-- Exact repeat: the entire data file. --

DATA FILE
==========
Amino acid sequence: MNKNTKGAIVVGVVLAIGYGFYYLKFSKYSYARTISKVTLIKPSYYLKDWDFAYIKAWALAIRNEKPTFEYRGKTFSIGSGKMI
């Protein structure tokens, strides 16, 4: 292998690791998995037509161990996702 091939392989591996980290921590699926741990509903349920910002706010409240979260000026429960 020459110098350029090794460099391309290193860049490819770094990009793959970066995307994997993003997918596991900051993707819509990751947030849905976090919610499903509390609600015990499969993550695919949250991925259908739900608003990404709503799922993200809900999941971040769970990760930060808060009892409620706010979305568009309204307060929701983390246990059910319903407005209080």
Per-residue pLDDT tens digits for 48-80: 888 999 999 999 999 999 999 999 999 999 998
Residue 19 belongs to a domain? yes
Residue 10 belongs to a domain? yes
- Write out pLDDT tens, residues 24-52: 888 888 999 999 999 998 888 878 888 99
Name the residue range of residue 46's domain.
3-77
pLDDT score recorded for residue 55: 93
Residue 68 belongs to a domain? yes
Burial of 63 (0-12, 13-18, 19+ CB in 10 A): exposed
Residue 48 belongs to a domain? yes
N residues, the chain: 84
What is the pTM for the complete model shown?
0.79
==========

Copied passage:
Amino acid sequence: MNKNTKGAIVVGVVLAIGYGFYYLKFSKYSYARTISKVTLIKPSYYLKDWDFAYIKAWALAIRNEKPTFEYRGKTFSIGSGKMI
């Protein structure tokens, strides 16, 4: 292998690791998995037509161990996702 091939392989591996980290921590699926741990509903349920910002706010409240979260000026429960 020459110098350029090794460099391309290193860049490819770094990009793959970066995307994997993003997918596991900051993707819509990751947030849905976090919610499903509390609600015990499969993550695919949250991925259908739900608003990404709503799922993200809900999941971040769970990760930060808060009892409620706010979305568009309204307060929701983390246990059910319903407005209080």
Per-residue pLDDT tens digits for 48-80: 888 999 999 999 999 999 999 999 999 999 998
Residue 19 belongs to a domain? yes
Residue 10 belongs to a domain? yes
- Write out pLDDT tens, residues 24-52: 888 888 999 999 999 998 888 878 888 99
Name the residue range of residue 46's domain.
3-77
pLDDT score recorded for residue 55: 93
Residue 68 belongs to a domain? yes
Burial of 63 (0-12, 13-18, 19+ CB in 10 A): exposed
Residue 48 belongs to a domain? yes
N residues, the chain: 84
What is the pTM for the complete model shown?
0.79